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The Middle Ages (11th - 15th centuries)

The Heian Shrine

■The Dawn of the Middle Ages

 During the later part of the Heian Period, powerful Bushi (samurai or warrior) in the local districts began to gather under two banners, the Genji (Minamoto clan) and the Heishi (Taira clan), and spread their sphere of influence throughout the center of Japan.
 The first to take the reigns of power from the nobles was a member of the Taira clan, Taira-no-Kiyomori, the victor of a civil war known as the Hōgen Rebellion, and serving the Emperor Antoku, began to transfer the capital to Fukuhara (Kobe) in 1180. Due to the complex political and military situation, with Minamoto-no-Yoritomo raising an army in the Kanto region, the construction of the new capital was never completed and it ended as a phantom-like capital city. However, turning his attention to trade with the Sung Dynasty in China, Taira-no-Kiyomori began restoration works on ports and harbors, starting the tradition that became, in time, the international port of Kobe.
 After the death of Taira-no-Kiyomori, the Minamoto clan became very powerful, and along with the Emperor Antoku, the Taira clan fled to the western part of Japan, only to suffer a complete defeat at the Dan-no-Ura Battle in 1185. Then, in 1192, Minamoto-no-Yoritomo became the Seiitaishogun (Supreme Commander in Chief) and started the Kamakura shogunate (Kamakura City in Kanagawa Prefecture), signaling the end of the age of the nobles, the Heian Period, and the start of the age of the warrior class. This was, in fact, the dawn of the Middle Ages in Japan. Furthermore, while many government functions were moved to Kamakura, the capital remained in Kyoto, and Kansai continued as the center of Japanese culture.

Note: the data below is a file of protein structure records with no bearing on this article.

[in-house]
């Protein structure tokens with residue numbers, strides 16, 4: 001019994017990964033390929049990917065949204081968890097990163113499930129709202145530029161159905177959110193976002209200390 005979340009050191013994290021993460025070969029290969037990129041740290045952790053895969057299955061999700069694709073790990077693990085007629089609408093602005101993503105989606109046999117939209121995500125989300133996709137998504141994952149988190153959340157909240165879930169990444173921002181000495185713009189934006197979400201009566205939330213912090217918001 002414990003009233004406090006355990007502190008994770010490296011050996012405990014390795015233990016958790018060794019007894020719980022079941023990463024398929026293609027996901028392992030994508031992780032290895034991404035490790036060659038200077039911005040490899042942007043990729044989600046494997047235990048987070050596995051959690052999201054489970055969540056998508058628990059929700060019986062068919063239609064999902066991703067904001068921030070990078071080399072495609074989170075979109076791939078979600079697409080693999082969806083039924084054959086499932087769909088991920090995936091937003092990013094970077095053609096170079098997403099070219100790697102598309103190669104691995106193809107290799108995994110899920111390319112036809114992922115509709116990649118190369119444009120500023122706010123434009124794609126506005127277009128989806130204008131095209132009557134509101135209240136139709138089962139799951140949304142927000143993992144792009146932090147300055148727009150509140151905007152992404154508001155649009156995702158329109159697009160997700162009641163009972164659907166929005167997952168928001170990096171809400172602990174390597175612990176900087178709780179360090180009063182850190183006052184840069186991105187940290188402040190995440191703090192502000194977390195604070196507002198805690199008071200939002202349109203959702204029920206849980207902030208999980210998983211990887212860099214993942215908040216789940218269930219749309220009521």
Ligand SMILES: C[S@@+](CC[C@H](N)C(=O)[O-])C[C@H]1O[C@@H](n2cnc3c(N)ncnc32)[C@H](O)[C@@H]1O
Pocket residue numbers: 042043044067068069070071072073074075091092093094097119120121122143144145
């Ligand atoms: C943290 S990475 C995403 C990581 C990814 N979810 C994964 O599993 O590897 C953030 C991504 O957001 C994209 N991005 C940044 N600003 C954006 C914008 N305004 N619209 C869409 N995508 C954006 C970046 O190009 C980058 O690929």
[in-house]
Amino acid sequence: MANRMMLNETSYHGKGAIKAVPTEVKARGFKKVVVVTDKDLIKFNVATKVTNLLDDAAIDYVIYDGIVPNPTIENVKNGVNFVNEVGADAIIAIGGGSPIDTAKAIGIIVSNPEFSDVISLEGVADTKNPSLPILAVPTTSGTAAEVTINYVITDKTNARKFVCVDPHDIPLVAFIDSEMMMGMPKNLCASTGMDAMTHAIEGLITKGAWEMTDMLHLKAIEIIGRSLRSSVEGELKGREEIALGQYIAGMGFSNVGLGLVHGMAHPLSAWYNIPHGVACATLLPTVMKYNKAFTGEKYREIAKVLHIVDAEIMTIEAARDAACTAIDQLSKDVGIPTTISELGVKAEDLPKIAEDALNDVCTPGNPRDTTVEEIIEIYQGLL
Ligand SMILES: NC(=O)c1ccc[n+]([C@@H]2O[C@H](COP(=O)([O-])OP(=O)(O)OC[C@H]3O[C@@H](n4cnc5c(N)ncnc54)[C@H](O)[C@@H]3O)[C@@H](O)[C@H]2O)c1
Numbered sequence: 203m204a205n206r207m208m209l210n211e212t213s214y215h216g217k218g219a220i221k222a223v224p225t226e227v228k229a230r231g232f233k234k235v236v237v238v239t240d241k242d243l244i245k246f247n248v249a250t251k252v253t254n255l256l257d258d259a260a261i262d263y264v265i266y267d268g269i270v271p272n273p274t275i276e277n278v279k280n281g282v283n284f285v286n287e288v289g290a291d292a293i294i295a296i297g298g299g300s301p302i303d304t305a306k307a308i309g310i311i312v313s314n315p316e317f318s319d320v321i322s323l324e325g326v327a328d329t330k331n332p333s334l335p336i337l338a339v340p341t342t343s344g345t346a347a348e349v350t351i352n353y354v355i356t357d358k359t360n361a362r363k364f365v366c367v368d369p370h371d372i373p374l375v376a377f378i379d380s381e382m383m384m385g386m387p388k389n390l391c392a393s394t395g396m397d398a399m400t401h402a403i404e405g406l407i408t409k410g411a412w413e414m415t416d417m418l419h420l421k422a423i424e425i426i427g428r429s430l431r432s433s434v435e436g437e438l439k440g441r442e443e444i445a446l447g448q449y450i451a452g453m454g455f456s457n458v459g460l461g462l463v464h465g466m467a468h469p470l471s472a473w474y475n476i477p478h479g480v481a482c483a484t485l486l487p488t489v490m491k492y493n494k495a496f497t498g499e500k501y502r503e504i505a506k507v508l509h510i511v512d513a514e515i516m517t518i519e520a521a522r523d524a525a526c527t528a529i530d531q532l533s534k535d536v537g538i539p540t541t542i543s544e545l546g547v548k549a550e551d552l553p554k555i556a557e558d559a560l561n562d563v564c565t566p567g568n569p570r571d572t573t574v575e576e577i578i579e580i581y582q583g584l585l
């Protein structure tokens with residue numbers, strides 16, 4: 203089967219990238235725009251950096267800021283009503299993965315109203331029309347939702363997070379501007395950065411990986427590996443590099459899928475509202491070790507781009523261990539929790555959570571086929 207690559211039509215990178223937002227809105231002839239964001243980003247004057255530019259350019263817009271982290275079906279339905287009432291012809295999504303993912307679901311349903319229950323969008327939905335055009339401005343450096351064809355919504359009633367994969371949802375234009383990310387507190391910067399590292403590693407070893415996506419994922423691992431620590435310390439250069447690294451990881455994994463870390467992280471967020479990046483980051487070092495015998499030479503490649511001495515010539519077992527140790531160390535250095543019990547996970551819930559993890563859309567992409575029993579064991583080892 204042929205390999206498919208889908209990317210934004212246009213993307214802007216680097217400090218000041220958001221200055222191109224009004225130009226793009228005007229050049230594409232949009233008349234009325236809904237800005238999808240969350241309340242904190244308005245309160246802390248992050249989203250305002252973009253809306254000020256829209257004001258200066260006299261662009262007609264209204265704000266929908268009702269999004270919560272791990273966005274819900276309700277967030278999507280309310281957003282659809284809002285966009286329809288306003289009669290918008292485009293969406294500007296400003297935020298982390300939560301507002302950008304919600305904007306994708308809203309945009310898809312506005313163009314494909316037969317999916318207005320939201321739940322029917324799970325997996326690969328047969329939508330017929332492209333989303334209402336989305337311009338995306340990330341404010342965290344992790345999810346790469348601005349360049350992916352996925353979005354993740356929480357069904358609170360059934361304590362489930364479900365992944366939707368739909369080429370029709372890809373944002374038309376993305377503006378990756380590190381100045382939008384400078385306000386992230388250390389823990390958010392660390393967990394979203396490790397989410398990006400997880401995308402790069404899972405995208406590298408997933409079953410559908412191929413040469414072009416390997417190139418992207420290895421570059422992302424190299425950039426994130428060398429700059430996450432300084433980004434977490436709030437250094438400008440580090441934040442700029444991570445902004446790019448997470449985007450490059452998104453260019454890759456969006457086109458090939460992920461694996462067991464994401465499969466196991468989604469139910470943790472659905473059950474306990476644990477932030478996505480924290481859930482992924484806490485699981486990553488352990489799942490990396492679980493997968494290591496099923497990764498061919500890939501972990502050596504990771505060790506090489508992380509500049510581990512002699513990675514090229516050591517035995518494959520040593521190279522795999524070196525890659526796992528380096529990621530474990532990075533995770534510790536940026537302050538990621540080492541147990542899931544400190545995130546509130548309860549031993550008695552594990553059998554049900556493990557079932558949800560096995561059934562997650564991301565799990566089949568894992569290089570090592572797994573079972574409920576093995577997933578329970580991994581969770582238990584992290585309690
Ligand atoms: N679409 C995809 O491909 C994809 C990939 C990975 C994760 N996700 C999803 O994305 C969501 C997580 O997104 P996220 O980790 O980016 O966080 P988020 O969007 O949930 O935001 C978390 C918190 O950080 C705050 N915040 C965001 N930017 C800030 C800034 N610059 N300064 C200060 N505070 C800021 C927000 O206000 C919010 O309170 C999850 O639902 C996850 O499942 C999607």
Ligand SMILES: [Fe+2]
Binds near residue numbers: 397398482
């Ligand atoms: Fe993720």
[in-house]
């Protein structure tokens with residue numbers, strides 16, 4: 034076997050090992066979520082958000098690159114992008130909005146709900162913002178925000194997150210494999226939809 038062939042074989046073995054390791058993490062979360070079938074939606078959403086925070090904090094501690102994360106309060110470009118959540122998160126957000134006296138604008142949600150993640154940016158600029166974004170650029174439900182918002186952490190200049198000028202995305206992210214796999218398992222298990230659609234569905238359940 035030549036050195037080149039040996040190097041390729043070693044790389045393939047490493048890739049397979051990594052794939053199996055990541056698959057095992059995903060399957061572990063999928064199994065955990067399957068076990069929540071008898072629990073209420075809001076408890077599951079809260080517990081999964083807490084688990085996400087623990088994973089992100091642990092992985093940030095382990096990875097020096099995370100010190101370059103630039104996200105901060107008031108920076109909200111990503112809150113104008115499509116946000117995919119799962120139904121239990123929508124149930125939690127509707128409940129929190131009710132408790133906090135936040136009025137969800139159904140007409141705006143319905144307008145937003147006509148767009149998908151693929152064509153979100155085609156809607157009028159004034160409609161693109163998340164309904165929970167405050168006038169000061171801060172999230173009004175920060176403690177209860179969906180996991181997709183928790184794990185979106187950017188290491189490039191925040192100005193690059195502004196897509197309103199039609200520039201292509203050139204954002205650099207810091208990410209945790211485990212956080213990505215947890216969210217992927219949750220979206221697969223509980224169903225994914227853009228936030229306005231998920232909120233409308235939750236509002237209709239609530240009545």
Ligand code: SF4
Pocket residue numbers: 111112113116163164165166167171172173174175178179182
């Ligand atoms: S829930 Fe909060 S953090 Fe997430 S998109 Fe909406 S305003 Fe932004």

The Nanban "Southern Barbarians" Folding Screen

■The Autonomous City - Sakai

 The Kamakura shogunate was overthrown by Ashikaga Takauji, who was named the Seiitaishogun in 1338, opening the Muromachi shogunate in Kyoto. In Kyoto, Ashikaga Yoshimitsu and Ashikaga Yoshimasa, etc. became devout believers of the Zen sect of Buddhism, and even though they constructed some famous temples, like Kinkakuji Temple, a beautiful many-storied structure grandly reflected on the surface of the pond in the temple garden and Ginkakuji Temple, considered the symbol of the Higashiyama culture in Kyoto, the foundation of the Muromachi shogunate was never stable. In 1467, a ten-year war known as the Onin Incident erupted between two feudal lords, Hosokawa Katsumoto and Yamana Sozen, splitting the whole country in two and burning Kyoto to the ground in the process.

Sen-no-Rikyu(Tea Ceremony Master)

 Given this state of affairs, Sakai City developed rapidly from the middle of the 14th century as a metropolitan area with harbor facilities. Sakai prospered massively from the end of the 15th century, through commerce with China, Korea, and Europe, and in order to avoid the calamity of war, the city built a large moat around the city and armed the port with mercenary soldiers for defense. The city had arrangements with many of the generals during the Warring States period and retained its status as an autonomous city, reaching a peak of prosperity in the middle of the 16th century. The city was so prosperous that the Portuguese missionary Luís Fróis compared Sakai to Venice (Venezia) in the northern part of Italy, and the city was the birthplace of the famous tea ceremony master Sen-no-Rikyu (1522-1591).

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